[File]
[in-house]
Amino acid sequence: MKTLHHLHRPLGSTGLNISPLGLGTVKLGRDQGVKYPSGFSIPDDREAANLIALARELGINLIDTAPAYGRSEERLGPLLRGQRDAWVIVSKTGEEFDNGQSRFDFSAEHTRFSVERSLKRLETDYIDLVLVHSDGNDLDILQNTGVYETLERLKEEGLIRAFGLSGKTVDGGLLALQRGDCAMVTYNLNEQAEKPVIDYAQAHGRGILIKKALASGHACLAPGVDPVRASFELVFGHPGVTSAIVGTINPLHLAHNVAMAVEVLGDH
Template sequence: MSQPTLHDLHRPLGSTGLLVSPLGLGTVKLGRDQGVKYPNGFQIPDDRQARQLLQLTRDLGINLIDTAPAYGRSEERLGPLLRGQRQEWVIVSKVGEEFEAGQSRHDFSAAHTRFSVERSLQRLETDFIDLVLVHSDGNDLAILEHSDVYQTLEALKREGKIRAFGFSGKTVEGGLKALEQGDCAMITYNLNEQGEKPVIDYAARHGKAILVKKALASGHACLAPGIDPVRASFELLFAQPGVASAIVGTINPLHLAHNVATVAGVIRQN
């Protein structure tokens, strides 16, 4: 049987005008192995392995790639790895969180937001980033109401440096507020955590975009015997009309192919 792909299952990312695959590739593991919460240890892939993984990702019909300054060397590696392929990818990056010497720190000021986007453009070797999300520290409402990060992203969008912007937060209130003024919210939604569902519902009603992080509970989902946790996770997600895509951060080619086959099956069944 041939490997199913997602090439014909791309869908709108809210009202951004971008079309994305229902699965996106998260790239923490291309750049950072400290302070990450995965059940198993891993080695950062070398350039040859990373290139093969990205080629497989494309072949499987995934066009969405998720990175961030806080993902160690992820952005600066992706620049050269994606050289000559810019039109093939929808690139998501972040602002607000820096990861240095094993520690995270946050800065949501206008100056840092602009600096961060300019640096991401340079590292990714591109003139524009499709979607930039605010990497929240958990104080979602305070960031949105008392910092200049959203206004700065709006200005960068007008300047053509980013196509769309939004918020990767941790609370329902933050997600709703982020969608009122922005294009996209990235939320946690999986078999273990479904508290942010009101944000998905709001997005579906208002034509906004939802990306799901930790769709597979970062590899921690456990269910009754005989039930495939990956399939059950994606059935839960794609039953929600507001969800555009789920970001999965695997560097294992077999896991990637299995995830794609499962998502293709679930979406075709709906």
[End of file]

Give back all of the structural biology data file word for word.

[in-house]
Amino acid sequence: MKTLHHLHRPLGSTGLNISPLGLGTVKLGRDQGVKYPSGFSIPDDREAANLIALARELGINLIDTAPAYGRSEERLGPLLRGQRDAWVIVSKTGEEFDNGQSRFDFSAEHTRFSVERSLKRLETDYIDLVLVHSDGNDLDILQNTGVYETLERLKEEGLIRAFGLSGKTVDGGLLALQRGDCAMVTYNLNEQAEKPVIDYAQAHGRGILIKKALASGHACLAPGVDPVRASFELVFGHPGVTSAIVGTINPLHLAHNVAMAVEVLGDH
Template sequence: MSQPTLHDLHRPLGSTGLLVSPLGLGTVKLGRDQGVKYPNGFQIPDDRQARQLLQLTRDLGINLIDTAPAYGRSEERLGPLLRGQRQEWVIVSKVGEEFEAGQSRHDFSAAHTRFSVERSLQRLETDFIDLVLVHSDGNDLAILEHSDVYQTLEALKREGKIRAFGFSGKTVEGGLKALEQGDCAMITYNLNEQGEKPVIDYAARHGKAILVKKALASGHACLAPGIDPVRASFELLFAQPGVASAIVGTINPLHLAHNVATVAGVIRQN
């Protein structure tokens, strides 16, 4: 049987005008192995392995790639790895969180937001980033109401440096507020955590975009015997009309192919 792909299952990312695959590739593991919460240890892939993984990702019909300054060397590696392929990818990056010497720190000021986007453009070797999300520290409402990060992203969008912007937060209130003024919210939604569902519902009603992080509970989902946790996770997600895509951060080619086959099956069944 041939490997199913997602090439014909791309869908709108809210009202951004971008079309994305229902699965996106998260790239923490291309750049950072400290302070990450995965059940198993891993080695950062070398350039040859990373290139093969990205080629497989494309072949499987995934066009969405998720990175961030806080993902160690992820952005600066992706620049050269994606050289000559810019039109093939929808690139998501972040602002607000820096990861240095094993520690995270946050800065949501206008100056840092602009600096961060300019640096991401340079590292990714591109003139524009499709979607930039605010990497929240958990104080979602305070960031949105008392910092200049959203206004700065709006200005960068007008300047053509980013196509769309939004918020990767941790609370329902933050997600709703982020969608009122922005294009996209990235939320946690999986078999273990479904508290942010009101944000998905709001997005579906208002034509906004939802990306799901930790769709597979970062590899921690456990269910009754005989039930495939990956399939059950994606059935839960794609039953929600507001969800555009789920970001999965695997560097294992077999896991990637299995995830794609499962998502293709679930979406075709709906």